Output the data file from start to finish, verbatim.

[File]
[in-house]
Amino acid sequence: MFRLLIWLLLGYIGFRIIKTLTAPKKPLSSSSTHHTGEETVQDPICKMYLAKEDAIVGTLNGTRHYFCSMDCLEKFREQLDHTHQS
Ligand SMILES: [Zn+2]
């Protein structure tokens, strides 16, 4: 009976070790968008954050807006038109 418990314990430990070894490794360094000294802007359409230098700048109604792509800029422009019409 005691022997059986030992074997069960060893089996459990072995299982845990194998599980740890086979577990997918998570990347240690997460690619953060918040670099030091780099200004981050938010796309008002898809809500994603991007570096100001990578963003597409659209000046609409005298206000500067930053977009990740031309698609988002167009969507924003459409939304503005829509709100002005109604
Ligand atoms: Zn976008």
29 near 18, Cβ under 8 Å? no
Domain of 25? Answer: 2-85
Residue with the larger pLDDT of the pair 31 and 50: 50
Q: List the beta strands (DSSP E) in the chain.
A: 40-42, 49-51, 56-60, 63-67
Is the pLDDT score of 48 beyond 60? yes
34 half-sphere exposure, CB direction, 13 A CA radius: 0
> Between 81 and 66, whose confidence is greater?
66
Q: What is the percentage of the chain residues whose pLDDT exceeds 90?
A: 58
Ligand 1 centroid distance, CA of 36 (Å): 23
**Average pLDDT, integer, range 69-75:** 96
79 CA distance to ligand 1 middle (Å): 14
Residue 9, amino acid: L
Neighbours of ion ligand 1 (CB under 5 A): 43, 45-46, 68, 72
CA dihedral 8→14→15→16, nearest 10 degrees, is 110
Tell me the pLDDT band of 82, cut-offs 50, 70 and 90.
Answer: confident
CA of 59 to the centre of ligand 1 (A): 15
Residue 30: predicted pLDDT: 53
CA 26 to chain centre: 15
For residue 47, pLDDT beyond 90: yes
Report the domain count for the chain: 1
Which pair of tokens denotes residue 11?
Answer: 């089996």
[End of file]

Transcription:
[in-house]
Amino acid sequence: MFRLLIWLLLGYIGFRIIKTLTAPKKPLSSSSTHHTGEETVQDPICKMYLAKEDAIVGTLNGTRHYFCSMDCLEKFREQLDHTHQS
Ligand SMILES: [Zn+2]
């Protein structure tokens, strides 16, 4: 009976070790968008954050807006038109 418990314990430990070894490794360094000294802007359409230098700048109604792509800029422009019409 005691022997059986030992074997069960060893089996459990072995299982845990194998599980740890086979577990997918998570990347240690997460690619953060918040670099030091780099200004981050938010796309008002898809809500994603991007570096100001990578963003597409659209000046609409005298206000500067930053977009990740031309698609988002167009969507924003459409939304503005829509709100002005109604
Ligand atoms: Zn976008």
29 near 18, Cβ under 8 Å? no
Domain of 25? Answer: 2-85
Residue with the larger pLDDT of the pair 31 and 50: 50
Q: List the beta strands (DSSP E) in the chain.
A: 40-42, 49-51, 56-60, 63-67
Is the pLDDT score of 48 beyond 60? yes
34 half-sphere exposure, CB direction, 13 A CA radius: 0
> Between 81 and 66, whose confidence is greater?
66
Q: What is the percentage of the chain residues whose pLDDT exceeds 90?
A: 58
Ligand 1 centroid distance, CA of 36 (Å): 23
**Average pLDDT, integer, range 69-75:** 96
79 CA distance to ligand 1 middle (Å): 14
Residue 9, amino acid: L
Neighbours of ion ligand 1 (CB under 5 A): 43, 45-46, 68, 72
CA dihedral 8→14→15→16, nearest 10 degrees, is 110
Tell me the pLDDT band of 82, cut-offs 50, 70 and 90.
Answer: confident
CA of 59 to the centre of ligand 1 (A): 15
Residue 30: predicted pLDDT: 53
CA 26 to chain centre: 15
For residue 47, pLDDT beyond 90: yes
Report the domain count for the chain: 1
Which pair of tokens denotes residue 11?
Answer: 């089996």